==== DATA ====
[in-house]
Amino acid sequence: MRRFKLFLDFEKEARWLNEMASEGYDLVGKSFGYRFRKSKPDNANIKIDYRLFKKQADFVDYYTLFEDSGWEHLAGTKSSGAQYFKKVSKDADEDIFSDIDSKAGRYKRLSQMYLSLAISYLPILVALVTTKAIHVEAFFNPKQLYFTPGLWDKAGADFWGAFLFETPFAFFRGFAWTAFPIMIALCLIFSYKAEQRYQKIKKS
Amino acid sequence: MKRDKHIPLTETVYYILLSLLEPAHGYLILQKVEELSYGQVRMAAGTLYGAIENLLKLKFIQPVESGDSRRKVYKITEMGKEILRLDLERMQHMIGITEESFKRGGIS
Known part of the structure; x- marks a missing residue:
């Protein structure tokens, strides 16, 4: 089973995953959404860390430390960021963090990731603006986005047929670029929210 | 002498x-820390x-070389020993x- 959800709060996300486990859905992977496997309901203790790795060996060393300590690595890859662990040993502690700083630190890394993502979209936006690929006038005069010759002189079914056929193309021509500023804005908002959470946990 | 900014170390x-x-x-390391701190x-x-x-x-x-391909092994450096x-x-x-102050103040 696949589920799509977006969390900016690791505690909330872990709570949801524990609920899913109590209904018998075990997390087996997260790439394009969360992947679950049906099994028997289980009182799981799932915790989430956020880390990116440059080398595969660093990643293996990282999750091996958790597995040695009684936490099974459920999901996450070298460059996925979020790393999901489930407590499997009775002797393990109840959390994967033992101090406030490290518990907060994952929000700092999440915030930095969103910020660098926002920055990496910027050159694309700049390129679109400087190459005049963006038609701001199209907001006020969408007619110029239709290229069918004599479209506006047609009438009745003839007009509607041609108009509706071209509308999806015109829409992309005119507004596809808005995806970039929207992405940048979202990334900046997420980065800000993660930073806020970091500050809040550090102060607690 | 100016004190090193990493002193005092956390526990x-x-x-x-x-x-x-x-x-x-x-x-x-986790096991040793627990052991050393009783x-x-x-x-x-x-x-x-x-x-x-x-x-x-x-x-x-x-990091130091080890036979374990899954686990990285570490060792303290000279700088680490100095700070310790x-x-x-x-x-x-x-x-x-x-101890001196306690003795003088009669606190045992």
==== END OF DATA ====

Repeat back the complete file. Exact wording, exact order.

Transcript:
[in-house]
Amino acid sequence: MRRFKLFLDFEKEARWLNEMASEGYDLVGKSFGYRFRKSKPDNANIKIDYRLFKKQADFVDYYTLFEDSGWEHLAGTKSSGAQYFKKVSKDADEDIFSDIDSKAGRYKRLSQMYLSLAISYLPILVALVTTKAIHVEAFFNPKQLYFTPGLWDKAGADFWGAFLFETPFAFFRGFAWTAFPIMIALCLIFSYKAEQRYQKIKKS
Amino acid sequence: MKRDKHIPLTETVYYILLSLLEPAHGYLILQKVEELSYGQVRMAAGTLYGAIENLLKLKFIQPVESGDSRRKVYKITEMGKEILRLDLERMQHMIGITEESFKRGGIS
Known part of the structure; x- marks a missing residue:
């Protein structure tokens, strides 16, 4: 089973995953959404860390430390960021963090990731603006986005047929670029929210 | 002498x-820390x-070389020993x- 959800709060996300486990859905992977496997309901203790790795060996060393300590690595890859662990040993502690700083630190890394993502979209936006690929006038005069010759002189079914056929193309021509500023804005908002959470946990 | 900014170390x-x-x-390391701190x-x-x-x-x-391909092994450096x-x-x-102050103040 696949589920799509977006969390900016690791505690909330872990709570949801524990609920899913109590209904018998075990997390087996997260790439394009969360992947679950049906099994028997289980009182799981799932915790989430956020880390990116440059080398595969660093990643293996990282999750091996958790597995040695009684936490099974459920999901996450070298460059996925979020790393999901489930407590499997009775002797393990109840959390994967033992101090406030490290518990907060994952929000700092999440915030930095969103910020660098926002920055990496910027050159694309700049390129679109400087190459005049963006038609701001199209907001006020969408007619110029239709290229069918004599479209506006047609009438009745003839007009509607041609108009509706071209509308999806015109829409992309005119507004596809808005995806970039929207992405940048979202990334900046997420980065800000993660930073806020970091500050809040550090102060607690 | 100016004190090193990493002193005092956390526990x-x-x-x-x-x-x-x-x-x-x-x-x-986790096991040793627990052991050393009783x-x-x-x-x-x-x-x-x-x-x-x-x-x-x-x-x-x-990091130091080890036979374990899954686990990285570490060792303290000279700088680490100095700070310790x-x-x-x-x-x-x-x-x-x-101890001196306690003795003088009669606190045992």